Barolo in His Blood: Aldo Clerico, Bagna Cauda, and Duck #ItalianFWT

Aldo Clerico and Bagna cauda

Aldo Clerico grew up in the heart of Barolo country in his family’s vineyards in Monforte d’Alba in the Langhe in northern Italy. He studied accounting in college, but in 2004 he returned to his roots to become a wine maker:

“After all, he has Barolo ‘in his blood’,

since from grandfather, to father, to son, Aldo is the third generation of grape growers in his family’s 6 hectare vineyard property,” says importer VeroVino, As a vigneron and wine maker, he has a deep knowledge and passion for making Langhe territory wines and his farm offers “an ideal terroir, from soil composition to midday exposure of the vineyards and an ideal micro climate” where he can make 40,000 bottles of wine a year sustainably collaborating with his wife, Valentina.


The moon on the label represents the influence of the moon on the river, the plains, the mountains and the sky. While not certified organic or biodynamic, they work in harmony with the land, using organic and biodynamic methods and natural winemaking practices. For example, Aldo uses native yeast fermentation and follows the moon in his cultivation and wine making practices, hence the moon on his labels. Why isn’t he certified organic? He says the area where he is in requires use of certain products so he can’t be organic, but he uses the minimum needed. 

So what to pair with Barolo?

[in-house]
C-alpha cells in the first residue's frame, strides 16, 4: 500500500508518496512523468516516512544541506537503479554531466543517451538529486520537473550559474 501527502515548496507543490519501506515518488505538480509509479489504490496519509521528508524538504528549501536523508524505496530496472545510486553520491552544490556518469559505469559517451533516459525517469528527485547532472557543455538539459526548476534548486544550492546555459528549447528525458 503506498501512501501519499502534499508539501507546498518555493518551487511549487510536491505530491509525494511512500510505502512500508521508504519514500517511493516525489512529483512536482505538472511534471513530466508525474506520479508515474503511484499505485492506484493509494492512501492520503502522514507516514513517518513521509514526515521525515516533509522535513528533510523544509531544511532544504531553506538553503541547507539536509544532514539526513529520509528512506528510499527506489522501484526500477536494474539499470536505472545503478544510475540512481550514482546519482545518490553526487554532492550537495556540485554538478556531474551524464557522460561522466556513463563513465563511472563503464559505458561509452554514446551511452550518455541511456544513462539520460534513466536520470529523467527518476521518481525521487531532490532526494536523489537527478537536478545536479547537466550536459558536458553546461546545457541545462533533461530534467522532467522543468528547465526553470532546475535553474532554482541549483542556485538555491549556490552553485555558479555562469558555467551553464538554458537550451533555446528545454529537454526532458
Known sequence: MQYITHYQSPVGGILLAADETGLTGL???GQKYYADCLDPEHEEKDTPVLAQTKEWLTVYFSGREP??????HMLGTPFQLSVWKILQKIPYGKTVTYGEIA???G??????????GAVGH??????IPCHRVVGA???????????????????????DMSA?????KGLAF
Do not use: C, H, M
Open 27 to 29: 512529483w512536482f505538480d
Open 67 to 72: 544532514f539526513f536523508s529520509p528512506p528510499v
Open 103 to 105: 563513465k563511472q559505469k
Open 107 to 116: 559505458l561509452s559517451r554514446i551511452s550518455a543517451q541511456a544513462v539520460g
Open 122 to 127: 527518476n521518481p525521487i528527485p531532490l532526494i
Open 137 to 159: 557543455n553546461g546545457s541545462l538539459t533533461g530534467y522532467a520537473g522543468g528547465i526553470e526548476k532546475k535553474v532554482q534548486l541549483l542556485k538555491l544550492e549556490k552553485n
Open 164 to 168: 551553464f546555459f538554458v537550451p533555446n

While Nebbiolo is pale in color, it’s powerful on the palate: Barolo wines offer high levels of acidity AND high levels of tannins, making them ideal food wines. They are also complex with notes of baking spices, insence and florals like violets and roses.

For our pairing we went with classic cuisine from the region, but also dishes which resonate with Also Clerico’s story and wines: Bagna cauda and duck. The previous time we sampled one of Aldo Clerico’s wines, Sue made Bagna cauda, a rich buttery garlic infused anchovy sauce served warm in the winter with vegetables and bread for dipping. Aldo Clerico’s importer Sheila Donahue joined us that night. She was surprised to find this regional dish on the table since she’d never seen it in the states– we’d never had it either but had discovered it in our research and thought we’d give it a try and we fell in love.

What was more surprising is when Sheila and Jackie met Aldo the first time he served this up for her for lunch! So we knew we had to make this dish again. Find the story here and a traditional recipe for this delicious dish.

Aldo Clerico Barolo with duck on polenta